Half-Time Report On The U.S. Consumers by Marie M. Schofield, ColumbiaManagement
- U.S. consumers have taken a more cautious attitude toward debt and been more selective about using it for discretionary purchases.
- With consumers using credit cards less and using debit cards much more, the supports for higher discretionary spending are keyed off income and wages and also employment.
- With low debt use and income growth holding back consumption and demand, households will require stronger job growth and real wage gains to accelerate their spending.
Households have made enormous progress in the past few years with the ongoing repair of balance sheets, grudging yet steady job gains and confidence levels that have just tipped more optimistic about both present situation and outlook. One metric that has yet to lift is consumption, which has frustrated expectations for an acceleration in consumer spending. Indeed, personal consumption expenditures have been rising at a steady but numbing (inflation adjusted) rate of about 2% annually during the entire recovery. Past recoveries have witnessed real spending gains of about 4%, excepting the recovery earlier this decade where real consumption gains slowed to 3%. A big swing factor over the last few decades was the expansion of leverage and credit, as avenues and incentives to borrow increased over the last 30 years via credit cards, home equity loans and cash-out mortgage refinancing. Lending standards also fell and credit access reached to lower income households, particularly earlier last decade. The dynamic reached an apex when debt-to-income levels reached 128% in 2008 and could not be sustained, ushering in the great deleveraging. Six years later, lending standards have loosened somewhat, but are generally tighter than before the crisis. Even so, increasing the availability of credit does not necessarily translate into a greater inclination to use credit.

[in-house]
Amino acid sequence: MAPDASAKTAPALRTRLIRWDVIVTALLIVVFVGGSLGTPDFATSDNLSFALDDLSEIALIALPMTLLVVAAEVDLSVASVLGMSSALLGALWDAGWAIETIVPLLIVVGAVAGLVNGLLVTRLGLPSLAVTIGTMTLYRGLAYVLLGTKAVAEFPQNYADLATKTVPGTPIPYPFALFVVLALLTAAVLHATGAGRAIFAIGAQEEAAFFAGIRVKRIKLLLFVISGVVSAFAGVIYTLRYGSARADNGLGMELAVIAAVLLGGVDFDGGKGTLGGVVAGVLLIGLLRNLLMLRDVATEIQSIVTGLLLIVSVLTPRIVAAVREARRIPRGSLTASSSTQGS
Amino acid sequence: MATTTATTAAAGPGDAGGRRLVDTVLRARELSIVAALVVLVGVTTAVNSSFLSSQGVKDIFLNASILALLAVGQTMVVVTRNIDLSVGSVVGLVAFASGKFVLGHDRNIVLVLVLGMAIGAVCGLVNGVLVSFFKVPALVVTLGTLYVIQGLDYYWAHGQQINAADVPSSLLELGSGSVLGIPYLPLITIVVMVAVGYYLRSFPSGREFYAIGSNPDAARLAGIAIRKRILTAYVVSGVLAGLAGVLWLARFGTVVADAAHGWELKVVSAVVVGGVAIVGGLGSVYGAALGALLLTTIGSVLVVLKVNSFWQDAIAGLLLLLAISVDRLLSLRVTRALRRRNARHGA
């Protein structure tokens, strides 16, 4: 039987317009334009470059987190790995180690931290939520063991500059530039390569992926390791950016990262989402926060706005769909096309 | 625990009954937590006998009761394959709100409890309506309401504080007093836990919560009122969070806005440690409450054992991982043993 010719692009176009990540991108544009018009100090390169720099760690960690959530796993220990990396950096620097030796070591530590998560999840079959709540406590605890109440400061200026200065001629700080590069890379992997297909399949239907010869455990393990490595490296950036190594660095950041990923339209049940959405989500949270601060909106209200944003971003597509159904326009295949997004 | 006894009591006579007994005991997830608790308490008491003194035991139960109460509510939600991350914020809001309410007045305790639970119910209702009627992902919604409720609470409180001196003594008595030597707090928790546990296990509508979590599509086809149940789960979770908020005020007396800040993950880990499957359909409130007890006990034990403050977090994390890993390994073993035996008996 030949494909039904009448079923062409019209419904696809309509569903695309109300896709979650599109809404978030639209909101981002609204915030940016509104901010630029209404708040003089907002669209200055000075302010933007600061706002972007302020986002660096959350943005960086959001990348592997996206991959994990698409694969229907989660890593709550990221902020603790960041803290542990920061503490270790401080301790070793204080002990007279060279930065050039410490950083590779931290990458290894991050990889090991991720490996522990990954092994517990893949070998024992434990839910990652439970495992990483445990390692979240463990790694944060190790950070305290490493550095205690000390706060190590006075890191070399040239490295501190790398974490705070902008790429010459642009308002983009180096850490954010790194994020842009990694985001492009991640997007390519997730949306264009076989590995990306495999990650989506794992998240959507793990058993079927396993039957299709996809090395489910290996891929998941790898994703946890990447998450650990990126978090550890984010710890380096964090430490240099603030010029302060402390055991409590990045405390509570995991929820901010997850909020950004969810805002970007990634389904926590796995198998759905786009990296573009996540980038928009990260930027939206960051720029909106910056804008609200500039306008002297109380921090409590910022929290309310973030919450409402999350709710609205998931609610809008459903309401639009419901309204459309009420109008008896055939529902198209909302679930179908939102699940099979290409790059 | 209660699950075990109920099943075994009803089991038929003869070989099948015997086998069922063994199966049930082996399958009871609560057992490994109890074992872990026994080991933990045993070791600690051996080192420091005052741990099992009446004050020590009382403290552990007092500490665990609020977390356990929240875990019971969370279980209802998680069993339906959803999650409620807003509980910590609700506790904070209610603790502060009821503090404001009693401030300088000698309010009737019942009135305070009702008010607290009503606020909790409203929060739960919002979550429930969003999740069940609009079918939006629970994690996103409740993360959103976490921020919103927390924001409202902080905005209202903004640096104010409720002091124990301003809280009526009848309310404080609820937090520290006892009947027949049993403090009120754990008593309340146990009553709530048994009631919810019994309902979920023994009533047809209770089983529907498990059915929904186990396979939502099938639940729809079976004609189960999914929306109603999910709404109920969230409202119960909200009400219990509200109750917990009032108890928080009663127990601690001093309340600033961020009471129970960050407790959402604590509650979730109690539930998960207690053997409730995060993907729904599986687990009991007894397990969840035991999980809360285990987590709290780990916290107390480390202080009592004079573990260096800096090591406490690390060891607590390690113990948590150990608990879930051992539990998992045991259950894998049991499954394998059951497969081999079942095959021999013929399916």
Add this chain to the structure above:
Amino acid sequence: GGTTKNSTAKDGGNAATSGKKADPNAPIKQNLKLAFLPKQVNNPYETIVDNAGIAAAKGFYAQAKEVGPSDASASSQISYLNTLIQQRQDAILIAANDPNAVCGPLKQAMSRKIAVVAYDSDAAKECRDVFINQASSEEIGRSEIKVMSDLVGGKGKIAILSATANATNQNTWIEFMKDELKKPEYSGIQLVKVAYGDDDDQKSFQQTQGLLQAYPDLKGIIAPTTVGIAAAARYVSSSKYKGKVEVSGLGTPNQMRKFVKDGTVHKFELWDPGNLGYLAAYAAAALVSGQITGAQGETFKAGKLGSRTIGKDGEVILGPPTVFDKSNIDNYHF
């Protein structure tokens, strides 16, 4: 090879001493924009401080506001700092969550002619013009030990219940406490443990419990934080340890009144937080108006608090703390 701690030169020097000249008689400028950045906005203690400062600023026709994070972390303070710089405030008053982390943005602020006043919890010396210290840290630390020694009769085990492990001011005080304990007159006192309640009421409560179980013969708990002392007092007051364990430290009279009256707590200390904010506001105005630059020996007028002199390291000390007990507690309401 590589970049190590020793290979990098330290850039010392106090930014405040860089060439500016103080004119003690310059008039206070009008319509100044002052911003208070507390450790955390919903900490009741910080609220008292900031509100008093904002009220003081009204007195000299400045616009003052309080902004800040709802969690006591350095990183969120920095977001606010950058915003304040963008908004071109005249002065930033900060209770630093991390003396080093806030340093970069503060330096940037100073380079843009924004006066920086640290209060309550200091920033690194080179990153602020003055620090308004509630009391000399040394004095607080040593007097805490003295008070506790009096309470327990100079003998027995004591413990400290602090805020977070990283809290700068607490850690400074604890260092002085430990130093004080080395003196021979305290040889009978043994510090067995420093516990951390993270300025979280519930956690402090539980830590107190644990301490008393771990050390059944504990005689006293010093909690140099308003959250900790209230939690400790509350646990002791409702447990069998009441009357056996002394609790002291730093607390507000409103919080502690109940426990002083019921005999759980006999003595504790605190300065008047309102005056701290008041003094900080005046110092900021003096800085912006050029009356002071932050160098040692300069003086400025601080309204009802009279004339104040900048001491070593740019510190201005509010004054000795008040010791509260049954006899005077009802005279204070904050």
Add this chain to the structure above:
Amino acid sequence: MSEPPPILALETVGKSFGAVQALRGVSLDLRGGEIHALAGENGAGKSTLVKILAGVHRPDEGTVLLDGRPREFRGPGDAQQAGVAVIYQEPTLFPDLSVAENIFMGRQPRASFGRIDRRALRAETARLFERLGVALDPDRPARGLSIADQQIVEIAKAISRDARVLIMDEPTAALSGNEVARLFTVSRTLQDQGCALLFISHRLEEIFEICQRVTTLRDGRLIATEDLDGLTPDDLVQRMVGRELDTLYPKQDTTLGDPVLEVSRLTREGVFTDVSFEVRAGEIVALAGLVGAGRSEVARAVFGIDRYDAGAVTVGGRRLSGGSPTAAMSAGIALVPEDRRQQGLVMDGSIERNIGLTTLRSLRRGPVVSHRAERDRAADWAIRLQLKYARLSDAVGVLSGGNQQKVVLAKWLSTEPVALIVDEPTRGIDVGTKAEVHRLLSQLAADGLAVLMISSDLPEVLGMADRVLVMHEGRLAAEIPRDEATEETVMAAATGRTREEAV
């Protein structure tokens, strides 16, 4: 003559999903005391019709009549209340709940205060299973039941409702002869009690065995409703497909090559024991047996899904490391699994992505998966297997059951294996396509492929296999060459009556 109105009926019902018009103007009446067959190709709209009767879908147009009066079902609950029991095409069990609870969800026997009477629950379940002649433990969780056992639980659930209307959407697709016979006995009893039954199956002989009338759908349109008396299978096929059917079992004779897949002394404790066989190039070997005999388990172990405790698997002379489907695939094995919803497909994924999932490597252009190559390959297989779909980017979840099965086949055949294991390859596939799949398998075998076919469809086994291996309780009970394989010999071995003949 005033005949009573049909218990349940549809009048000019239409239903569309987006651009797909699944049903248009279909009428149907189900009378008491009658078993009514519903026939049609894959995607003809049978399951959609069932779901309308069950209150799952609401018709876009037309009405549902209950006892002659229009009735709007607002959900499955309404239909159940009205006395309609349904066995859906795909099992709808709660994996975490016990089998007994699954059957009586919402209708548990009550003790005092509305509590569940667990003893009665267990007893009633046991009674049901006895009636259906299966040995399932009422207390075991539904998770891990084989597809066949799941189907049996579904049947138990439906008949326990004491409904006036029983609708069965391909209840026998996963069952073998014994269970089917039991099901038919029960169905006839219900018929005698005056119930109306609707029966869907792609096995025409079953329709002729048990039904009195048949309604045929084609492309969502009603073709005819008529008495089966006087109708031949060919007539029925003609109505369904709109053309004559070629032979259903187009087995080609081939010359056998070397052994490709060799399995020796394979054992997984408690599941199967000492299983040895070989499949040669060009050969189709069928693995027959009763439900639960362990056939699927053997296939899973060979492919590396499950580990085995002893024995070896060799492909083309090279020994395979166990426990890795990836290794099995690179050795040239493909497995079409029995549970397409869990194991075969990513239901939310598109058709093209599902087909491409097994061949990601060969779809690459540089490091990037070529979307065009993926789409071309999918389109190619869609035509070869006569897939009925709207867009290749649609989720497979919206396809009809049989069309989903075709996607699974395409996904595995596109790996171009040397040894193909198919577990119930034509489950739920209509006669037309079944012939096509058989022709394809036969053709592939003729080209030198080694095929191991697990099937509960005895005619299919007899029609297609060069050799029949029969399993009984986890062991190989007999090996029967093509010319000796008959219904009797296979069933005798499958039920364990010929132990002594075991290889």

Bruised by this experience, U.S. consumers have taken a more cautious attitude toward debt and been more selective about using it for discretionary purchases. However, consumers are receptive to take on debt for larger purchases of durable goods, such as cars, where credit is more available and demand solid due to the aging fleet of cars on the road. Credit availability has been easing here too with auto lending up about 5%. One caution is that a small but growing share is sub-prime. However, auto sales have been a key driver of overall consumption, with overall durable goods spending rising 7% annually for much of the recovery, well above the growth rate of overall consumption. The discouraging note is that it accounts for only 13% of personal consumption.